Drug resistance

Some tumours are inherently resistant to anthracyclines whereas others initially respond but later become resistant.

The MDR1 gene codes for a P-170 glycoprotein (Pgp) that is a naturally occurring cell-surface pump. Its physiological function appears to be a protective mechanism, expelling toxic substances from the cell. Cell lines resistant to anthracyclines often have increased expression of Pgp and sensitivity can be restored by the addition of Pgp inhibitors such as verapamil or cyclosporin A. The importance of Pgp in the clinic is less clear. Though expression is increased in some human cancers before treatment or at relapse, attempts to manipulate Pgp have had limited success. It can be difficult to achieve potentially effective plasma levels of Pgp modulators without causing side-effects. Cyclosporin A and other modulators can also influence anthracycline pharmacokinetics, directly increasing exposure to the cytotoxic. To date, modulation of Pgp has shown most promise for patients with haematological malignancies. There remains a need for specific, well-tolerated inhibitors of Pgp.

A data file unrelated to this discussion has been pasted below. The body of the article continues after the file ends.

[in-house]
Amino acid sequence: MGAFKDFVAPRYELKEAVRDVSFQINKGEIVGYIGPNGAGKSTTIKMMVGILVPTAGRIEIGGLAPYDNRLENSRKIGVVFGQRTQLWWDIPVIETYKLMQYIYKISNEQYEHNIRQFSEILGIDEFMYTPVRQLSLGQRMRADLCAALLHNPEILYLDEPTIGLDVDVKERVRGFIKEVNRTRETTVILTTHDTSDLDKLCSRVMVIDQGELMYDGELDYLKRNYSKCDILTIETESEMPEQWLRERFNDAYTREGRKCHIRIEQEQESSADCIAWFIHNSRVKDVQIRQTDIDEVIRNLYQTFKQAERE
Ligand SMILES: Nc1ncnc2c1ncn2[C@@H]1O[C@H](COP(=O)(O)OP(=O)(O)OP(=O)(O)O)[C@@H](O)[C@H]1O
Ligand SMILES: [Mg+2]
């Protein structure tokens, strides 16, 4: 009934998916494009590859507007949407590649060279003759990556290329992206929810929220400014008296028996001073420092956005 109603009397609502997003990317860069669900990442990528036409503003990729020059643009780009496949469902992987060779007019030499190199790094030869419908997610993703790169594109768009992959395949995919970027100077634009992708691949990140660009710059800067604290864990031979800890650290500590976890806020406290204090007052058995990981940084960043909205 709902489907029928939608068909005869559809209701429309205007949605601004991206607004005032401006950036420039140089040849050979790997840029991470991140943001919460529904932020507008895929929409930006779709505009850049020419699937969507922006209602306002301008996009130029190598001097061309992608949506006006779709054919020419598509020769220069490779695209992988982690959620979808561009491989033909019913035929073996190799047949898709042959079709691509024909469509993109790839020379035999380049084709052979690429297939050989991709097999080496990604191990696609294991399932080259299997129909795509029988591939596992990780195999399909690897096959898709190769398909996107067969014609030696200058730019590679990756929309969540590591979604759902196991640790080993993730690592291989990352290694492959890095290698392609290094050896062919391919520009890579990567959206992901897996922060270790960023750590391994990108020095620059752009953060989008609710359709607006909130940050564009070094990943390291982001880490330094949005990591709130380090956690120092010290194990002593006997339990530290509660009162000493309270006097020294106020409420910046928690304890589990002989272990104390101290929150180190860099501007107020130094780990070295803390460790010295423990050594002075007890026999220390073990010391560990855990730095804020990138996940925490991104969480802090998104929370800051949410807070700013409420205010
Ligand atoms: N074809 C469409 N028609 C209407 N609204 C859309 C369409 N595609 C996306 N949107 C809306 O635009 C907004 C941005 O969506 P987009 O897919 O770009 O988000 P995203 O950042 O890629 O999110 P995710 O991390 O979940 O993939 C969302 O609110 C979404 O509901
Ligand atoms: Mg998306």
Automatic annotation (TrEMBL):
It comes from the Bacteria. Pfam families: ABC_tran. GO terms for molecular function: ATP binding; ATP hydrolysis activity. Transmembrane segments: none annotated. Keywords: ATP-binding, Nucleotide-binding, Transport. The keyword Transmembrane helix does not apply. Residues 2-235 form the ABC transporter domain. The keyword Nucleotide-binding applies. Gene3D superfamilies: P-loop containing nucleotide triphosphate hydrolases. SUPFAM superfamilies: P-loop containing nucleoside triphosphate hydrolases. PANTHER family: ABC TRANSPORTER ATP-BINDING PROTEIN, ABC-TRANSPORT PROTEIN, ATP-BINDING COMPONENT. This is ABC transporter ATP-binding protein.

A second efflux pump associated with expression of multi-drug resistance-associated protein (MRP) gene has been implicated in anthracycline resistance in the lab.

Reduced activity of the target enzyme topoisomerase II has also been associated with in vitro anthracycline resistance.

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